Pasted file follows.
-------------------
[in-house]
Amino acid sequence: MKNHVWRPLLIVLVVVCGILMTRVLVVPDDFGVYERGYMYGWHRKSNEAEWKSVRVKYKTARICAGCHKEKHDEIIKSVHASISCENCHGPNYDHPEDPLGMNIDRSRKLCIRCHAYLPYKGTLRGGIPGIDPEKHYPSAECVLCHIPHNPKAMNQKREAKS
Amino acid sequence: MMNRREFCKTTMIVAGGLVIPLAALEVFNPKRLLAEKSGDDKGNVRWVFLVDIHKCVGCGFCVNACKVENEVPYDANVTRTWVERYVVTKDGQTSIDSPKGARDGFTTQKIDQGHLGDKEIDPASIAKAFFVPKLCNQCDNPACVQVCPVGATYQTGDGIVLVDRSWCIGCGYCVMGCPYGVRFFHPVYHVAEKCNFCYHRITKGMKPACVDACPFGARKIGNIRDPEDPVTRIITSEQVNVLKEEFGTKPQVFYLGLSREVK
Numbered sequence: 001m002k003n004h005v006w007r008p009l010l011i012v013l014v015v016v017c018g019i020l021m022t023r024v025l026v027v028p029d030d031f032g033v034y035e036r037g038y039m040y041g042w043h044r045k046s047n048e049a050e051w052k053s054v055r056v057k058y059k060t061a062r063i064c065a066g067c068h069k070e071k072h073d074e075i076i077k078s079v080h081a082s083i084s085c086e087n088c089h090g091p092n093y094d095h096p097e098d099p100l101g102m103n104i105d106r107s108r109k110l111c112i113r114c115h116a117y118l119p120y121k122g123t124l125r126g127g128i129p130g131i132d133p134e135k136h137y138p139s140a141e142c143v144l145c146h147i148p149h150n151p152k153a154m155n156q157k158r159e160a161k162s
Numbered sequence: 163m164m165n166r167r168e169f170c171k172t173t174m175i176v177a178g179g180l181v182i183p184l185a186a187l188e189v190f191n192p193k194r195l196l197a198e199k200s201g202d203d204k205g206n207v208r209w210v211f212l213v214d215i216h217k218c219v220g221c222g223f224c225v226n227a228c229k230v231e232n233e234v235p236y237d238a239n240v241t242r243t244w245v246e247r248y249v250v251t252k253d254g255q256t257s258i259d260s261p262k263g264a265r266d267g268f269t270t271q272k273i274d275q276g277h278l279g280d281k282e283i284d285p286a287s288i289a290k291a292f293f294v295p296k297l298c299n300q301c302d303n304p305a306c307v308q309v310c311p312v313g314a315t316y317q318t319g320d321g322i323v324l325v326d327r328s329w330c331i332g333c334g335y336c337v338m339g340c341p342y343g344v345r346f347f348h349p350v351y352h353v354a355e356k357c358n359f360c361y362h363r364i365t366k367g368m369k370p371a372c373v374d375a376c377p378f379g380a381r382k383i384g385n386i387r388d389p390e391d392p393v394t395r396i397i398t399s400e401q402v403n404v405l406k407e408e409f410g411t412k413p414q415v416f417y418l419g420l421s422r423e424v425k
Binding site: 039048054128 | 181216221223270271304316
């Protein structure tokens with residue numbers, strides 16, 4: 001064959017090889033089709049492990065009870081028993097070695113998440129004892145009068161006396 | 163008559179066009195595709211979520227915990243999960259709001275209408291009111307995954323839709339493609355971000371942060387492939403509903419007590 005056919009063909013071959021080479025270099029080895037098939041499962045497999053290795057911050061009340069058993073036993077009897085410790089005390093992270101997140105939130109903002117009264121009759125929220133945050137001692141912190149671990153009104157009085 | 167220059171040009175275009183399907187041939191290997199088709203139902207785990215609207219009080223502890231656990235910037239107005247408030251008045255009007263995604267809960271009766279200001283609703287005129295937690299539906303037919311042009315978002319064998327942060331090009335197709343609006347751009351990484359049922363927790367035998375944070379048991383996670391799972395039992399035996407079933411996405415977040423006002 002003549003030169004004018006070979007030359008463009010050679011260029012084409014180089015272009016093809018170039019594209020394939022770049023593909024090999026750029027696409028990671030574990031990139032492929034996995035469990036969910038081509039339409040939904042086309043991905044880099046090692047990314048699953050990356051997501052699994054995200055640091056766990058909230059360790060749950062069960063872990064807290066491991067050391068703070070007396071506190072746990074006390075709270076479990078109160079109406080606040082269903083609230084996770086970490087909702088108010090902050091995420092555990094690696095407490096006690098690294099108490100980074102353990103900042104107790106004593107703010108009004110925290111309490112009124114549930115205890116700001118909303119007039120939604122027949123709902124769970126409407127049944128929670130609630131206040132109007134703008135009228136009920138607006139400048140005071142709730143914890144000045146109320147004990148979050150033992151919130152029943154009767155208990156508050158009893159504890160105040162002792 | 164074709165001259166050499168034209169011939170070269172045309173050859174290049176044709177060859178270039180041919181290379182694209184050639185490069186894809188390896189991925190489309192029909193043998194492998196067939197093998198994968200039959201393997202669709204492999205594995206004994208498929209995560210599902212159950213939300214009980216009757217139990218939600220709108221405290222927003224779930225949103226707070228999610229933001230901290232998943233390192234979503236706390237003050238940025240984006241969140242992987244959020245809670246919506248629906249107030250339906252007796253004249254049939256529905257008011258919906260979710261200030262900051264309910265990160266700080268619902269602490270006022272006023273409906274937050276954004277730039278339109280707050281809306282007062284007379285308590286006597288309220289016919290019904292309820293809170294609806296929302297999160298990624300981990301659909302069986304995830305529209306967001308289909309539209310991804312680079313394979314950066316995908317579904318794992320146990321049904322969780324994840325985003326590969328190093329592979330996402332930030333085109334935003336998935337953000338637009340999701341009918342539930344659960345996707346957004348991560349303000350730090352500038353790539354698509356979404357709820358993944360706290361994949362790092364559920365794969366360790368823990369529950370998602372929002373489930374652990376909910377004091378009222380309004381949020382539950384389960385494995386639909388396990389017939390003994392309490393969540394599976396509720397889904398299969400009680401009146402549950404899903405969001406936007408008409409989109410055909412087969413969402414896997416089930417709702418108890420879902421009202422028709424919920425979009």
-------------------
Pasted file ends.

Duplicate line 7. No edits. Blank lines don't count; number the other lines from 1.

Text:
């Protein structure tokens with residue numbers, strides 16, 4: 001064959017090889033089709049492990065009870081028993097070695113998440129004892145009068161006396 | 163008559179066009195595709211979520227915990243999960259709001275209408291009111307995954323839709339493609355971000371942060387492939403509903419007590 005056919009063909013071959021080479025270099029080895037098939041499962045497999053290795057911050061009340069058993073036993077009897085410790089005390093992270101997140105939130109903002117009264121009759125929220133945050137001692141912190149671990153009104157009085 | 167220059171040009175275009183399907187041939191290997199088709203139902207785990215609207219009080223502890231656990235910037239107005247408030251008045255009007263995604267809960271009766279200001283609703287005129295937690299539906303037919311042009315978002319064998327942060331090009335197709343609006347751009351990484359049922363927790367035998375944070379048991383996670391799972395039992399035996407079933411996405415977040423006002 002003549003030169004004018006070979007030359008463009010050679011260029012084409014180089015272009016093809018170039019594209020394939022770049023593909024090999026750029027696409028990671030574990031990139032492929034996995035469990036969910038081509039339409040939904042086309043991905044880099046090692047990314048699953050990356051997501052699994054995200055640091056766990058909230059360790060749950062069960063872990064807290066491991067050391068703070070007396071506190072746990074006390075709270076479990078109160079109406080606040082269903083609230084996770086970490087909702088108010090902050091995420092555990094690696095407490096006690098690294099108490100980074102353990103900042104107790106004593107703010108009004110925290111309490112009124114549930115205890116700001118909303119007039120939604122027949123709902124769970126409407127049944128929670130609630131206040132109007134703008135009228136009920138607006139400048140005071142709730143914890144000045146109320147004990148979050150033992151919130152029943154009767155208990156508050158009893159504890160105040162002792 | 164074709165001259166050499168034209169011939170070269172045309173050859174290049176044709177060859178270039180041919181290379182694209184050639185490069186894809188390896189991925190489309192029909193043998194492998196067939197093998198994968200039959201393997202669709204492999205594995206004994208498929209995560210599902212159950213939300214009980216009757217139990218939600220709108221405290222927003224779930225949103226707070228999610229933001230901290232998943233390192234979503236706390237003050238940025240984006241969140242992987244959020245809670246919506248629906249107030250339906252007796253004249254049939256529905257008011258919906260979710261200030262900051264309910265990160266700080268619902269602490270006022272006023273409906274937050276954004277730039278339109280707050281809306282007062284007379285308590286006597288309220289016919290019904292309820293809170294609806296929302297999160298990624300981990301659909302069986304995830305529209306967001308289909309539209310991804312680079313394979314950066316995908317579904318794992320146990321049904322969780324994840325985003326590969328190093329592979330996402332930030333085109334935003336998935337953000338637009340999701341009918342539930344659960345996707346957004348991560349303000350730090352500038353790539354698509356979404357709820358993944360706290361994949362790092364559920365794969366360790368823990369529950370998602372929002373489930374652990376909910377004091378009222380309004381949020382539950384389960385494995386639909388396990389017939390003994392309490393969540394599976396509720397889904398299969400009680401009146402549950404899903405969001406936007408008409409989109410055909412087969413969402414896997416089930417709702418108890420879902421009202422028709424919920425979009």